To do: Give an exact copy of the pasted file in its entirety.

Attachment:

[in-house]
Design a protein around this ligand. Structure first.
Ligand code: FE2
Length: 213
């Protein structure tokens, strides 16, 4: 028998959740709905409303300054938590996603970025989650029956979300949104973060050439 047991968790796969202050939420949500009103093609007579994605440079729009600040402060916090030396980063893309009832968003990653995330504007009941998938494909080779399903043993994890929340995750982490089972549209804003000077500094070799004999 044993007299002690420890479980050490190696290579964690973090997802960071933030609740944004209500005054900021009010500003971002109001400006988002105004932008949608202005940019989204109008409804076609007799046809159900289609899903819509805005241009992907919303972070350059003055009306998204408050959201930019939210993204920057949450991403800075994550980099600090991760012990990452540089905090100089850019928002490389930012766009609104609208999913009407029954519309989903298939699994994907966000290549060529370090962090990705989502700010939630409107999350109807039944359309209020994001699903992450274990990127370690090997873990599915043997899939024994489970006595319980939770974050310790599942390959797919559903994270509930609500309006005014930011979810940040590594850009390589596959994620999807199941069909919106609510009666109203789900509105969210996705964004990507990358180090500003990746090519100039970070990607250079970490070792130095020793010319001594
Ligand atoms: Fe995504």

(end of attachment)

[in-house]
Design a protein around this ligand. Structure first.
Ligand code: FE2
Length: 213
């Protein structure tokens, strides 16, 4: 028998959740709905409303300054938590996603970025989650029956979300949104973060050439 047991968790796969202050939420949500009103093609007579994605440079729009600040402060916090030396980063893309009832968003990653995330504007009941998938494909080779399903043993994890929340995750982490089972549209804003000077500094070799004999 044993007299002690420890479980050490190696290579964690973090997802960071933030609740944004209500005054900021009010500003971002109001400006988002105004932008949608202005940019989204109008409804076609007799046809159900289609899903819509805005241009992907919303972070350059003055009306998204408050959201930019939210993204920057949450991403800075994550980099600090991760012990990452540089905090100089850019928002490389930012766009609104609208999913009407029954519309989903298939699994994907966000290549060529370090962090990705989502700010939630409107999350109807039944359309209020994001699903992450274990990127370690090997873990599915043997899939024994489970006595319980939770974050310790599942390959797919559903994270509930609500309006005014930011979810940040590594850009390589596959994620999807199941069909919106609510009666109203789900509105969210996705964004990507990358180090500003990746090519100039970070990607250079970490070792130095020793010319001594
Ligand atoms: Fe995504």